The perils of technology implementation: politics, resistance, and breakdowns

Thursday 19 March, 2 – 4pm

• Will Venters and Mark Thompson talk about customer relationships management and politics and technology buy-in.

London School of Economics (Room: 32.L. G.24)
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Will Venters presents:

The  breakdown of process in Customer Relationships Management Infrastructure: Examining coupling between customer and advisor

Most large telecommunications companies with millions of customers have developed highly complex customer relationship infrastructures (centred around customer relationship management software) to manage their customer interaction. Such infrastructures have been built to efficiently process vast numbers of transactional encounters. Yet with any complex infrastructure of this scale problems are bound to occur, which are often disproportionate in their cost and effect on the reputation of the business. Understanding such breakdown is therefore important.  This talk will use a case study of a Customer Relationship Management (CRM) breakdown which unfolded over 100 days to explore how processes are coupled within complex CRM infrastructure. Extending our understanding of coupling, and of infrastructure breakdown, the talk aims to contribute understanding on the customer and advisors’ role within CRM infrastructure, and to provide practical lessons for those developing such infrastructure.

Dr Will Venters is an Assistant Professor in Information Systems and Digital Innovation within the Department of Management at the London School of Economics and Political Science (LSE). His research interests include Cloud Computing, Digital Platforms, and Agile innovation approaches. He has a first-class degree in computer science and a PhD in information systems. His research work has been published in major refereed journals including MIS Quarterly, Journal of Information Technology, the Journal of Management Studies, and the Information Systems Journal. He speaks regularly at practitioner conferences on various digital business issues, particularly around Digital Ecosystems, Digital Innovation and Cloud Computing; has briefed European government policy makers and various company executives; and undertakes wide ranging consultancy in IT strategy and Digital transformation. He co-authored the Palgrave book “Moving to the Cloud Corporation” and is the author of a blog on digital technology and is an associate editor of the Journal Information Technology and People.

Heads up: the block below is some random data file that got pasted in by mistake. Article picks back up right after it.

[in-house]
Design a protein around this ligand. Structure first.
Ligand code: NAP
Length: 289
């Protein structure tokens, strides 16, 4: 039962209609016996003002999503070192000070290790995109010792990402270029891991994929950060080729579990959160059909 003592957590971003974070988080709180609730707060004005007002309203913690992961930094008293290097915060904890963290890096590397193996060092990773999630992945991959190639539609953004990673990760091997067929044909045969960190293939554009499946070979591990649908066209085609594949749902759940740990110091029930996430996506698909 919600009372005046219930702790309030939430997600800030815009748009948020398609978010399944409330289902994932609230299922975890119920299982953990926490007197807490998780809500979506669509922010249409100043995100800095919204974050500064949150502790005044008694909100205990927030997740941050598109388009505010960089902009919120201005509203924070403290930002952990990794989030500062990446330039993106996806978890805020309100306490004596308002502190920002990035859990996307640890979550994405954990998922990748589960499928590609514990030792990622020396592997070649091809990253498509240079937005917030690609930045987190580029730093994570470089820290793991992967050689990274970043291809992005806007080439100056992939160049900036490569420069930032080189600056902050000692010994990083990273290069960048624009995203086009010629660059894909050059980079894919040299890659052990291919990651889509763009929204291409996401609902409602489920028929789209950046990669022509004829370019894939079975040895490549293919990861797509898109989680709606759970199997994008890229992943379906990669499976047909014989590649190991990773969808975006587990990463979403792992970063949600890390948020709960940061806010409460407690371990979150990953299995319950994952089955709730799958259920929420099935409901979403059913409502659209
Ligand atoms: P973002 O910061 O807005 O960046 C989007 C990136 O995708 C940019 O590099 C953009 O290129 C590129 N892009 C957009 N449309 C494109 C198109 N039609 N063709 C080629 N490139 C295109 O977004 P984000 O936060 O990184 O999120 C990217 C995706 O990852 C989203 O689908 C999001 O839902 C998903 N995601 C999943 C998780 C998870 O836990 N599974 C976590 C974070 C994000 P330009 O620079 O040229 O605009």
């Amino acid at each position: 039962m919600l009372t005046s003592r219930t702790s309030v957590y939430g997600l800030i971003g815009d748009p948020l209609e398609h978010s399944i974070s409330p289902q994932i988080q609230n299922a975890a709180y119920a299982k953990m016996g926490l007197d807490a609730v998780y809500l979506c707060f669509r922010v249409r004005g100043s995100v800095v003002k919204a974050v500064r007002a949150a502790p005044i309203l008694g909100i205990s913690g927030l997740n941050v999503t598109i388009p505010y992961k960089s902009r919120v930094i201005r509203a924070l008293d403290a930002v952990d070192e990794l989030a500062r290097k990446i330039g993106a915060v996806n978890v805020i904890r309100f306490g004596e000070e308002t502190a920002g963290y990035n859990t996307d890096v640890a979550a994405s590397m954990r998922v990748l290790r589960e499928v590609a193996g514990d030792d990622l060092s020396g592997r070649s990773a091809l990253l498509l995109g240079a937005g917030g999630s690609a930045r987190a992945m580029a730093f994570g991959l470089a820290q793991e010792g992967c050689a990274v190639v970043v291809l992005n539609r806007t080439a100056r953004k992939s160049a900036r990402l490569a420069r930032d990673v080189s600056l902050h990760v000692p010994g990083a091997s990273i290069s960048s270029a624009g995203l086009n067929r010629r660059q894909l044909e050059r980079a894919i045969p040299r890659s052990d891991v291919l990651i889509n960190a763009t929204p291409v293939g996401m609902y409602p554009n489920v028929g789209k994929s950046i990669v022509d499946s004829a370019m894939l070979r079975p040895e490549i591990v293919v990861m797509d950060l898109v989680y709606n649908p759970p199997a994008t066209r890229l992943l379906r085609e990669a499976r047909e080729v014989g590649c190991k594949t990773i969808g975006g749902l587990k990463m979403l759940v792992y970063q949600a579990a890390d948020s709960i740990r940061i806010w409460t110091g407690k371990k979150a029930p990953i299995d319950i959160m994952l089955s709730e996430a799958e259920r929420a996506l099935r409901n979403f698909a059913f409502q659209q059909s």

Mark Thompson presents:

Affective Politics and Technology Buy-In: A Framework of Social, Political and Fantasmatic Logics

We propose a socially-informed explanation of technology framing, by examining technology ‘buy-in’: actors’ relative susceptibility to such framing. We draw on the field of critical social theory to introduce the ‘Logics’, a new framework to the IS discipline, that reveals a performative relationship between collective framing, power, and affect. The Logics enable us to study buy-in, by revealing the differing degrees of affective self-identification that underpin and colour social practices, showing their inherently political nature. We exemplify the affective, as well as social, politics of buy-in with an account of Unity 3D, a market-leading game engine which underwent a major repositioning from ‘fringe’ to ‘mainstream’ markets. We discuss four poles of affective positioning with which to conceptualize technology buy-in. We conclude by highlighting the consequent need for greater political and ethical awareness about the framing of IS, proposing a framework for conceptualizing actors’ orientations towards, and thus possible buy-in, or resistance, to technology framing.

Mark is Professor in the DIgital Economy at the London-based Initiative for the Digital Economy, Exeter (INDEX). Mark is acknowledged in the public domain as one of the architects of Digital service redesign within the UK public sector. He chairs several of the large annual conferences on Digital, including the National Digital Conference, Digital Leaders Conference, and is a recognised thought leader on digital matters for Computer Weekly and other publications. Blending the roles of academic, practitioner, and policy commentator, Mark is also 40% shareholder and Strategy Director at the £110m Methods Group, specialising in the application of cloud-based and emerging technologies to the public sector, where he has led three successful start-ups, including a data science business.
Mark has published peer-reviewed articles in a broad range of academic journals including Information and Organization, Academy of Management Review, Organization Science, Journal of Public Administration Research and Theory, Government Information Quarterly, Public Administration, Human Relations, Journal of International Development, Journal of the Association of Information Systems, etc., and has been a reviewer for a broad range of journals. Mark’s co-authored book, Digitizing Government, appeared in December 2014, and Manifesto for Better Public Services launched at the Institute for Government in April 2018. He tweets at @markthompson1.
 Mark delivers executive education on digital to a broad range of audiences.  These have included Indian, UK, Canadian, Italian, Malaysian, and Israeli Governments, Roche, Pfizer, global banks, insurance companies, and Chinese conglomerates, to name a few; he developed and is currently delivering Amazon Web Services (AWS)’ flagship Global Government Education Programme. More broadly, he has designed and delivered a range of courses on information systems, technology, and digital at PhD, MBA, Masters, and Undergraduate level.

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